Kevin Elliott received his Ph.D. in history and philosophy of science from the University of Notre Dame. He is currently an associate professor in MSU’s Lyman Briggs College, with joint appointments in the Department of Fisheries and Wildlife and the Department of Philosophy. His research lies at the intersection of the philosophy of science and practical ethics.
Industry Expertise (5)
Areas of Expertise (3)
Excellence Award in Interdisciplinary Scholarship from the MSU Chapter of Phi Kappa Phi (professional)
The MSU Chapter administers the Excellence Award in Interdisciplinary Scholarship (EAIS). This award recognizes excellence of a team effort, not performance of one individual, in teaching, research, service, or a combination of these activities. Nominations are sought annually from the Provost, the Vice President for Research and Graduate Studies, members of the Council of Deans, and chapter members.
University of Notre Dame: PhD, Program in History and Philosophy of Science 2004
University of Notre Dame: MA, Program in History and Philosophy of Science 2002
Wheaton College: BS, Chemistry and Philosophy 1997
- University of South Carolina
- Louisiana State University
Can Open and Honest Scientists Win Public Trust?
MSU Today online
“It would seem like being more forthcoming would be a very responsible thing for scientists to do,” said Kevin Elliott, lead author of the study, who specializes in the ethics of science at MSU..."
Journal Articles (1)
Kevin C Elliott, Aaron M. McCright, Summer Allen, Thomas Dietz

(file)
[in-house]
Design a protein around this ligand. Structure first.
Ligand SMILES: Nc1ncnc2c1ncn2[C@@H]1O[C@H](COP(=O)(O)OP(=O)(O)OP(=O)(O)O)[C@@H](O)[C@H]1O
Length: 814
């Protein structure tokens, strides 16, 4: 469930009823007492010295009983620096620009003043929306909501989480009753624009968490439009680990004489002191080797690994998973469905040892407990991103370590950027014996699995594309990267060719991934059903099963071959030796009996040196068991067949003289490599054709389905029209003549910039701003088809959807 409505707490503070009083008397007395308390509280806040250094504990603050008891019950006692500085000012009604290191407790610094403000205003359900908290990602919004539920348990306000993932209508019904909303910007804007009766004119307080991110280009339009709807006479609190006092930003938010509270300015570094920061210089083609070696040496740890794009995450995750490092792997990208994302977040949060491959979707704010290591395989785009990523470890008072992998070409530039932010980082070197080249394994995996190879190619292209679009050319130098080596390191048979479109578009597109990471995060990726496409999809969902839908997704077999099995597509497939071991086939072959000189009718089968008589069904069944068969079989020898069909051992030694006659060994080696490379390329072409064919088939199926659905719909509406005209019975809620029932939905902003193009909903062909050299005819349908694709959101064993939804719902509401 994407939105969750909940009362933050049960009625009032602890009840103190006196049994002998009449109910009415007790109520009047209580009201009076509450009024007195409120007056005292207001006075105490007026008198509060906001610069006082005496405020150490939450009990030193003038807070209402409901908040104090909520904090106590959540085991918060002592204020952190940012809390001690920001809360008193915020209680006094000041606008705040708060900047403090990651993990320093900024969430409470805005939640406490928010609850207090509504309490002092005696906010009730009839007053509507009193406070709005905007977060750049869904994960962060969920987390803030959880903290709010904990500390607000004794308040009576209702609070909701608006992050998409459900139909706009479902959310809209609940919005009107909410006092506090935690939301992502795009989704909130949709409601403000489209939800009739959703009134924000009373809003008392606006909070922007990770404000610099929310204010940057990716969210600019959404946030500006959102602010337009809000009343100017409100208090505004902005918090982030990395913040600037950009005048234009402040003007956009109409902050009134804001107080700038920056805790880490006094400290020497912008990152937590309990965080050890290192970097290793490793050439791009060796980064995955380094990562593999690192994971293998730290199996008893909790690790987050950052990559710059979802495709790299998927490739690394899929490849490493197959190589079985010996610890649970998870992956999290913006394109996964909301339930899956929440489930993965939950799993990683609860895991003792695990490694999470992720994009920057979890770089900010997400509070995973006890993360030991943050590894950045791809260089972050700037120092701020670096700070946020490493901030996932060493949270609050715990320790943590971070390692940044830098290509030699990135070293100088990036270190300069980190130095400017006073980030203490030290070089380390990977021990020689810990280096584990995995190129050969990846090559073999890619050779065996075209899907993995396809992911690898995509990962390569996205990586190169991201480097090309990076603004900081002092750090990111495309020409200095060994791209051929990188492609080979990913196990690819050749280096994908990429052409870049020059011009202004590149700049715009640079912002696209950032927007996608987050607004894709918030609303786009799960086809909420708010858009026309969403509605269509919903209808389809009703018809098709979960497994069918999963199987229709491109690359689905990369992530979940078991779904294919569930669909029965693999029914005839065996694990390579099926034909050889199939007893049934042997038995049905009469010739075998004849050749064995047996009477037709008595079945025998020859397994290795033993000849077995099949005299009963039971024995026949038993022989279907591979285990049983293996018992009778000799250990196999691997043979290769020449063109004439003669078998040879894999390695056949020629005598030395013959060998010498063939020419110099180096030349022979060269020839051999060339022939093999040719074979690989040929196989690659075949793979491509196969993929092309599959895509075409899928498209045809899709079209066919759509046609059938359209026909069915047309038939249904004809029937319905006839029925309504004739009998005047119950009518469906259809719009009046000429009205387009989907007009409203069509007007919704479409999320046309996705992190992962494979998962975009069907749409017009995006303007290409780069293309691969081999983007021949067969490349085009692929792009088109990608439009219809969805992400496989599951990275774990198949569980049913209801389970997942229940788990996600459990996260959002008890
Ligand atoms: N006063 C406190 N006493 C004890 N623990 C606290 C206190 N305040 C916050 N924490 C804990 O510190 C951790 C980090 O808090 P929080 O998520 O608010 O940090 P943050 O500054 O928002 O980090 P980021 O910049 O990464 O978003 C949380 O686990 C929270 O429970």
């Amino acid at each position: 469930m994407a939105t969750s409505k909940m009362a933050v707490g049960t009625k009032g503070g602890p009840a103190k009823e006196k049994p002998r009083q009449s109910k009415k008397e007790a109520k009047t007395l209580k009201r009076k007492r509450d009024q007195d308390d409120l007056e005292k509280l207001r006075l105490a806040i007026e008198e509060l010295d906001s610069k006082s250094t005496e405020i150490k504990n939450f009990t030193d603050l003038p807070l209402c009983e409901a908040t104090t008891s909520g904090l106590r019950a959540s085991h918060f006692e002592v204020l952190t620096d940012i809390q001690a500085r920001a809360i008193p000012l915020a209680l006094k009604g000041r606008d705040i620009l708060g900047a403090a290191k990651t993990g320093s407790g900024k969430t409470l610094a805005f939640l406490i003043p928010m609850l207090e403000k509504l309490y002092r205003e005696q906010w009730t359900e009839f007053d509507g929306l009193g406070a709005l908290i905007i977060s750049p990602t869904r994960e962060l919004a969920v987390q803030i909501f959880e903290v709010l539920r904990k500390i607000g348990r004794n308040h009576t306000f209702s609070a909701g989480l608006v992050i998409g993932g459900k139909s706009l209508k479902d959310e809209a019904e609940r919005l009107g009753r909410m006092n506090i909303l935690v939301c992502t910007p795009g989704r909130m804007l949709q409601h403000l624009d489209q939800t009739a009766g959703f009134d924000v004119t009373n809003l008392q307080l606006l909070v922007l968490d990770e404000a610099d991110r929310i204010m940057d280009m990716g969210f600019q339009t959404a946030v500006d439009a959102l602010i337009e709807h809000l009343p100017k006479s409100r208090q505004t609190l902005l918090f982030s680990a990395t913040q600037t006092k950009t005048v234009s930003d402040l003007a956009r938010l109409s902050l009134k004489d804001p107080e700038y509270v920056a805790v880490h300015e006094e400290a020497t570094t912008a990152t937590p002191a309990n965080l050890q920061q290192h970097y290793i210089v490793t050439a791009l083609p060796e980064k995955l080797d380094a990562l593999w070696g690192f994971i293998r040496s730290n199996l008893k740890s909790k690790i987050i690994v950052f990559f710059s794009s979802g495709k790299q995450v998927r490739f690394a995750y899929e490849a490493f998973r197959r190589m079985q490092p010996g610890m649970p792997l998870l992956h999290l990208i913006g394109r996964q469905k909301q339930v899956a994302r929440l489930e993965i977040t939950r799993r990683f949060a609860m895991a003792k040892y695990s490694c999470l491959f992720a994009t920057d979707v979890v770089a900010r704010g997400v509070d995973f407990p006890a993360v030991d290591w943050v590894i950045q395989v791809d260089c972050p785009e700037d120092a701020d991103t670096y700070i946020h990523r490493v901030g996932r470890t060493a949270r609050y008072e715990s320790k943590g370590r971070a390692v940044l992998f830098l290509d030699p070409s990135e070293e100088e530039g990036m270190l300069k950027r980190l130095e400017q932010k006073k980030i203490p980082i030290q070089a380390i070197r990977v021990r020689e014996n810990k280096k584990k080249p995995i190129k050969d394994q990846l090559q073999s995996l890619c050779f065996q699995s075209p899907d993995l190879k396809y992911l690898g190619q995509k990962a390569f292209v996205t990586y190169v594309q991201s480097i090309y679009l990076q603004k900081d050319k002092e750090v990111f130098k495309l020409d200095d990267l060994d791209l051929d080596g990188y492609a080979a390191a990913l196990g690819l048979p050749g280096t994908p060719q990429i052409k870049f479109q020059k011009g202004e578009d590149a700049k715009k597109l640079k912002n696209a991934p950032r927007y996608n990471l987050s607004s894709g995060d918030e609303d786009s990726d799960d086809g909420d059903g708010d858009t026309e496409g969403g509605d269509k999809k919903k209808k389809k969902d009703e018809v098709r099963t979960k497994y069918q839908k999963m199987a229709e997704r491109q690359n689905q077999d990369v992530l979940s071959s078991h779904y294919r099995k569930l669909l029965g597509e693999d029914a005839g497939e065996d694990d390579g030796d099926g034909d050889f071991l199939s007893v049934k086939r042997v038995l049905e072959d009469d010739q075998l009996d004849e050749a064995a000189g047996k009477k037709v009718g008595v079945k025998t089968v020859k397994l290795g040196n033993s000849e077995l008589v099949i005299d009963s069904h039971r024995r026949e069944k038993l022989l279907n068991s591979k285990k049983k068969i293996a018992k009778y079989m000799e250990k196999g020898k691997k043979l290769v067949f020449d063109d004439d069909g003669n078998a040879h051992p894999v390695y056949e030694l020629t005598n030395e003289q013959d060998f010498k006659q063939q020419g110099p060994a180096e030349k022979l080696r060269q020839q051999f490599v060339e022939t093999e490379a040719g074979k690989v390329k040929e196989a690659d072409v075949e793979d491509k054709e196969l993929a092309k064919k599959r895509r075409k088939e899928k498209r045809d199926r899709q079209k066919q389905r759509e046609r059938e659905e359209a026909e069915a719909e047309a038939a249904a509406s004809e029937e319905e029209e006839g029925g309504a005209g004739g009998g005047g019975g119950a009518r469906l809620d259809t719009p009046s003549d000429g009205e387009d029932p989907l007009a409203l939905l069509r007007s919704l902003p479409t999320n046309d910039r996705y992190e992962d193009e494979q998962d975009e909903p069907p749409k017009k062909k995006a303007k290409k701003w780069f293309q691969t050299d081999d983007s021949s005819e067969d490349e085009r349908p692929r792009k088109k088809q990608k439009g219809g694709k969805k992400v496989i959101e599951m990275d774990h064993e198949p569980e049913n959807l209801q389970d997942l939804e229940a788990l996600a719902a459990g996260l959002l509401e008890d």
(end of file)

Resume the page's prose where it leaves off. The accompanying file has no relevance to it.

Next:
Scientists who perform environmental research on policy-relevant topics face challenges when communicating about how values may have influenced their research. This study examines how citizens view scientists who publicly acknowledge values. Specifically, we investigate whether it matters: if citizens share or oppose a scientist’s values, if a scientist’s conclusions seem contrary to or consistent with the scientist’s values, and if a scientist is assessing the state of the science or making a policy recommendation. We conducted two 3x2 factorial design online experiments. Experiment 1 featured a hypothetical scientist assessing the state of the science on the public-health effects of exposure to Bisphenol A (BPA), and Experiment 2 featured a scientist making a policy recommendation on use of BPA. We manipulated whether or not the scientist expressed values and whether the scientist’s conclusion appeared contrary to or consistent with the scientist’s values, and we accounted for whether or not subjects’ values aligned with the scientist’s values. We analyzed our data with ordinary least squares (OLS) regression techniques. Our results provide at least preliminary evidence that acknowledging values may reduce the perceived credibility of scientists within the general public, but this effect differs depending on whether scientists and citizens share values, whether scientists draw conclusions that run contrary to their values, and whether scientists make policy recommendations.